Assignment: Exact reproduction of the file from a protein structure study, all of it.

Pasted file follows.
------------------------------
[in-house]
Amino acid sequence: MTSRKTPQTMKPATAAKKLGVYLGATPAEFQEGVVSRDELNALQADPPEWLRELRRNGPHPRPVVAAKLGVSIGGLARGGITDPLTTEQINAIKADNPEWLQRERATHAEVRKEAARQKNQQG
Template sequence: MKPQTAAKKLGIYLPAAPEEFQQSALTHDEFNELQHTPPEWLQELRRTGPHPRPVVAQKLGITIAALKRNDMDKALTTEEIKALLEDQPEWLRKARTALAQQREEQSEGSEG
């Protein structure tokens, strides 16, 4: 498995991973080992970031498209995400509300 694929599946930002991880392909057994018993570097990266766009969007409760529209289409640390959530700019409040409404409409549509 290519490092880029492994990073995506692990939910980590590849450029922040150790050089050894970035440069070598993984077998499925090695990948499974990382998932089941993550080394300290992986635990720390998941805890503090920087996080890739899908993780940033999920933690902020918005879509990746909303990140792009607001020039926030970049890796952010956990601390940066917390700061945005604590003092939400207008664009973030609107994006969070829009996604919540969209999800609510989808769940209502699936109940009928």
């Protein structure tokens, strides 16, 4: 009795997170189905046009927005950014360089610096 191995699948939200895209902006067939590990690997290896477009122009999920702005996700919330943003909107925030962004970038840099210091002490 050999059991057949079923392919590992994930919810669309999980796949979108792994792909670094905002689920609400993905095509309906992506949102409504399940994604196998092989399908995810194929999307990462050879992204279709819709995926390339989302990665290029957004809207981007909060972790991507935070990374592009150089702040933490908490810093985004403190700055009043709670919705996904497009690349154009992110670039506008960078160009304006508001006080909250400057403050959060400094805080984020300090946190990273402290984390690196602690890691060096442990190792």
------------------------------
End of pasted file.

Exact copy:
[in-house]
Amino acid sequence: MTSRKTPQTMKPATAAKKLGVYLGATPAEFQEGVVSRDELNALQADPPEWLRELRRNGPHPRPVVAAKLGVSIGGLARGGITDPLTTEQINAIKADNPEWLQRERATHAEVRKEAARQKNQQG
Template sequence: MKPQTAAKKLGIYLPAAPEEFQQSALTHDEFNELQHTPPEWLQELRRTGPHPRPVVAQKLGITIAALKRNDMDKALTTEEIKALLEDQPEWLRKARTALAQQREEQSEGSEG
């Protein structure tokens, strides 16, 4: 498995991973080992970031498209995400509300 694929599946930002991880392909057994018993570097990266766009969007409760529209289409640390959530700019409040409404409409549509 290519490092880029492994990073995506692990939910980590590849450029922040150790050089050894970035440069070598993984077998499925090695990948499974990382998932089941993550080394300290992986635990720390998941805890503090920087996080890739899908993780940033999920933690902020918005879509990746909303990140792009607001020039926030970049890796952010956990601390940066917390700061945005604590003092939400207008664009973030609107994006969070829009996604919540969209999800609510989808769940209502699936109940009928």
């Protein structure tokens, strides 16, 4: 009795997170189905046009927005950014360089610096 191995699948939200895209902006067939590990690997290896477009122009999920702005996700919330943003909107925030962004970038840099210091002490 050999059991057949079923392919590992994930919810669309999980796949979108792994792909670094905002689920609400993905095509309906992506949102409504399940994604196998092989399908995810194929999307990462050879992204279709819709995926390339989302990665290029957004809207981007909060972790991507935070990374592009150089702040933490908490810093985004403190700055009043709670919705996904497009690349154009992110670039506008960078160009304006508001006080909250400057403050959060400094805080984020300090946190990273402290984390690196602690890691060096442990190792």